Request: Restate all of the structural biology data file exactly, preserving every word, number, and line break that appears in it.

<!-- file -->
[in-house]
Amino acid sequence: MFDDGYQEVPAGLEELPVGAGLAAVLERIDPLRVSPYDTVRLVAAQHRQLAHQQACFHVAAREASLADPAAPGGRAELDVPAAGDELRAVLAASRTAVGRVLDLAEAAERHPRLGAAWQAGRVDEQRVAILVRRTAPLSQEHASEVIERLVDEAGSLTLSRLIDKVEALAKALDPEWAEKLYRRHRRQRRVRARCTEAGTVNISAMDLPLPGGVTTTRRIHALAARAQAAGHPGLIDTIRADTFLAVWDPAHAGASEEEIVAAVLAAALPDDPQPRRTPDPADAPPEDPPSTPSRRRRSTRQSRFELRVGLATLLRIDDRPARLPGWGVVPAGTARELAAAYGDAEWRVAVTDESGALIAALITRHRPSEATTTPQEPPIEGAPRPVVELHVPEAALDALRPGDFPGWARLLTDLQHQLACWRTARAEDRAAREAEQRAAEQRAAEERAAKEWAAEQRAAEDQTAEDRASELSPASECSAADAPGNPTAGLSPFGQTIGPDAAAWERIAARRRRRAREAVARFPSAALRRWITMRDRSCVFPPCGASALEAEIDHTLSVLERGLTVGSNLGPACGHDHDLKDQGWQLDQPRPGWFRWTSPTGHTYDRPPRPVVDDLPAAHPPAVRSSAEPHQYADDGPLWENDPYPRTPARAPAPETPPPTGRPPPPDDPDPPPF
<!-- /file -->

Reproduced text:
[in-house]
Amino acid sequence: MFDDGYQEVPAGLEELPVGAGLAAVLERIDPLRVSPYDTVRLVAAQHRQLAHQQACFHVAAREASLADPAAPGGRAELDVPAAGDELRAVLAASRTAVGRVLDLAEAAERHPRLGAAWQAGRVDEQRVAILVRRTAPLSQEHASEVIERLVDEAGSLTLSRLIDKVEALAKALDPEWAEKLYRRHRRQRRVRARCTEAGTVNISAMDLPLPGGVTTTRRIHALAARAQAAGHPGLIDTIRADTFLAVWDPAHAGASEEEIVAAVLAAALPDDPQPRRTPDPADAPPEDPPSTPSRRRRSTRQSRFELRVGLATLLRIDDRPARLPGWGVVPAGTARELAAAYGDAEWRVAVTDESGALIAALITRHRPSEATTTPQEPPIEGAPRPVVELHVPEAALDALRPGDFPGWARLLTDLQHQLACWRTARAEDRAAREAEQRAAEQRAAEERAAKEWAAEQRAAEDQTAEDRASELSPASECSAADAPGNPTAGLSPFGQTIGPDAAAWERIAARRRRRAREAVARFPSAALRRWITMRDRSCVFPPCGASALEAEIDHTLSVLERGLTVGSNLGPACGHDHDLKDQGWQLDQPRPGWFRWTSPTGHTYDRPPRPVVDDLPAAHPPAVRSSAEPHQYADDGPLWENDPYPRTPARAPAPETPPPTGRPPPPDDPDPPPF